It goes by many different names. Some call it naturalism or scientism; others refer to it as materialism or modernism. Some don't refer to it at all, believing that it is the presupposition of any rational person...
It goes by many different names. Some call it naturalism or scientism; others refer to it as materialism or modernism. Some don't refer to it at all, believing that it is the presupposition of any rational person.
It is the basic belief that we can only know what we can empirically observe; that is, the only valid explanation for any phenomenon is that which can be scientifically proven. Carl Sagan famously summed up the naturalist worldview by saying, "The Cosmos is all that is or was or ever will be." The naturalist rejects supernatural explanations. The problems with this worldview are myriad, yet in spite of these it has become the default framework of knowledge in secular society. The following are just three of the problems that undermine naturalism's credibility as a worldview.
First and foremost, naturalism is self-refuting. The naturalist claims to reject the metaphysical while at the same time ignoring the fact that naturalism is itself a metaphysical framework. As many have pointed out, naturalism (or scientism) cannot be scientifically proven. It is an un-provable philosophical assumption that guides experimentation; it is not itself the result of experimentation. It is logically impossible to prove via natural means that the supernatural does not exist. Of course, anyone is free to start from naturalist presuppositions, but they should realize that this is no less of a faith commitment than starting from a theist's point of view.
Second, as Paul Copan has pointed out, the naturalist is guilty of what is known in logic as the "self-excepting fallacy." That is, he does not hold his own beliefs to the same standard he expects of others. He explains away the religious beliefs of others as the product of their DNA and experience, suggesting that they are therefore unfounded. But he does not consider his own reasoning abilities untrustworthy even though, according to his own worldview, they are the product of chance plus matter plus time. The naturalist sees no need to defend his presuppositions, though this is precisely what he expects of others.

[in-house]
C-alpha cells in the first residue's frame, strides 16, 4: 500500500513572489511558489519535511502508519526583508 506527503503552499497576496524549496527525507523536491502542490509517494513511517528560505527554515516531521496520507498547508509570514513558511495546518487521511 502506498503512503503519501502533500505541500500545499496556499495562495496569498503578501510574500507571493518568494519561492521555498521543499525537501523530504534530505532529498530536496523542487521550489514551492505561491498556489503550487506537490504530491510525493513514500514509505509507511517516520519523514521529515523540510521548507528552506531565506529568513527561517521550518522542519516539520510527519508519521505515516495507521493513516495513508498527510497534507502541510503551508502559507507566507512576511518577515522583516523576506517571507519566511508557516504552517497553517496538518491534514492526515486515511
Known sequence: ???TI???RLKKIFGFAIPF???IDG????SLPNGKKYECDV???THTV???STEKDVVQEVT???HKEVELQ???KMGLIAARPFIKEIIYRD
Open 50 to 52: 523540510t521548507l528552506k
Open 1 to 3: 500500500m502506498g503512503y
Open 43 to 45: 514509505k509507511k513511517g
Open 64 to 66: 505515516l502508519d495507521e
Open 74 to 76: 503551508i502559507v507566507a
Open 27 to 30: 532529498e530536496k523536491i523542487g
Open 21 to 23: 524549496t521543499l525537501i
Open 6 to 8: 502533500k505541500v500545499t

Finally, John Lennox has pointed out a more subtle error of naturalism. The naturalist worldview fails to account for the difference between mechanism and agency. If the naturalist can determine the mechanical cause behind a phenomenon, he believes his work is done. But he has not considered the question of agency, that is, whoever or whatever set the mechanism in motion. Isaac Newton (a theist) didn't make this confusion. As Lennox points out, Newton recognized gravity (the mechanism), but he glorified God (the agent responsible). The belief that evolution is the mechanism by which this universe arrived at its current state does nothing to resolve the question of what agent set that mechanism in motion. Although many scientists recognize the limited explanatory power of science, proponents of scientism treat the natural world as if it were an agent rather than a mechanism.
I am curious to know how Dr. Sagan would have responded had someone asked him to prove his statement that the Cosmos is all that is, was, or will be, for there is no way to prove naturalism by naturalistic methods. Is it not reasonable that those who preach naturalism consider just what a heaping helping of faith their creeds require?
Betsy Childs is associate writer at Ravi Zacharias International Ministries in Atlanta, Georgia.
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French Christian, physician and microbiologist Louis Pasteur applied the first successful anti-rabies vaccine to Joseph Meister, a boy who had been bit by a dog. Pasteur also developed vaccines against chicken cholera, anthrax, and swine erysipelas.
More on Louis Pasteur: http://www.answersingenesis.org/docs/1221.asp